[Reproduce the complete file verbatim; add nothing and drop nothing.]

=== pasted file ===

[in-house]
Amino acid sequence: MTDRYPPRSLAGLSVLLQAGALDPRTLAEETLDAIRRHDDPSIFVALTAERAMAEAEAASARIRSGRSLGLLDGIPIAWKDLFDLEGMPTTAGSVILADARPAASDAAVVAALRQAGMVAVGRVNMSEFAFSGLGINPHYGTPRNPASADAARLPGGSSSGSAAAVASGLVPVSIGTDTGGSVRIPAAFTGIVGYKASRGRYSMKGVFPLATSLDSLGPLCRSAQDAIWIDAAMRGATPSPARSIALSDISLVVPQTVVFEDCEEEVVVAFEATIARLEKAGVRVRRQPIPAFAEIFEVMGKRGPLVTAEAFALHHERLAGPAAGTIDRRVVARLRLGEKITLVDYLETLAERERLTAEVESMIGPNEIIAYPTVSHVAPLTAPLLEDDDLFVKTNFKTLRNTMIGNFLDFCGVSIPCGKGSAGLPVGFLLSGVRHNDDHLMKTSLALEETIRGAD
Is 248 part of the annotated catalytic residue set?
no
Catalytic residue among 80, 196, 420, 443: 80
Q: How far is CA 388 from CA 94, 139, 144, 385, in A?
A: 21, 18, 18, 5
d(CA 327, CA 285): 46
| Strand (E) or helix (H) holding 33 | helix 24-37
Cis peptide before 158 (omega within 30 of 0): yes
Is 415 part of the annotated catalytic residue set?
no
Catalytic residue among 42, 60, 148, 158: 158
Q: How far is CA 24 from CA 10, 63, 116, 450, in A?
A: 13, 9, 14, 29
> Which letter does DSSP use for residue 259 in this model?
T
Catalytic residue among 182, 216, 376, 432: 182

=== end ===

[in-house]
Amino acid sequence: MTDRYPPRSLAGLSVLLQAGALDPRTLAEETLDAIRRHDDPSIFVALTAERAMAEAEAASARIRSGRSLGLLDGIPIAWKDLFDLEGMPTTAGSVILADARPAASDAAVVAALRQAGMVAVGRVNMSEFAFSGLGINPHYGTPRNPASADAARLPGGSSSGSAAAVASGLVPVSIGTDTGGSVRIPAAFTGIVGYKASRGRYSMKGVFPLATSLDSLGPLCRSAQDAIWIDAAMRGATPSPARSIALSDISLVVPQTVVFEDCEEEVVVAFEATIARLEKAGVRVRRQPIPAFAEIFEVMGKRGPLVTAEAFALHHERLAGPAAGTIDRRVVARLRLGEKITLVDYLETLAERERLTAEVESMIGPNEIIAYPTVSHVAPLTAPLLEDDDLFVKTNFKTLRNTMIGNFLDFCGVSIPCGKGSAGLPVGFLLSGVRHNDDHLMKTSLALEETIRGAD
Is 248 part of the annotated catalytic residue set?
no
Catalytic residue among 80, 196, 420, 443: 80
Q: How far is CA 388 from CA 94, 139, 144, 385, in A?
A: 21, 18, 18, 5
d(CA 327, CA 285): 46
| Strand (E) or helix (H) holding 33 | helix 24-37
Cis peptide before 158 (omega within 30 of 0): yes
Is 415 part of the annotated catalytic residue set?
no
Catalytic residue among 42, 60, 148, 158: 158
Q: How far is CA 24 from CA 10, 63, 116, 450, in A?
A: 13, 9, 14, 29
> Which letter does DSSP use for residue 259 in this model?
T
Catalytic residue among 182, 216, 376, 432: 182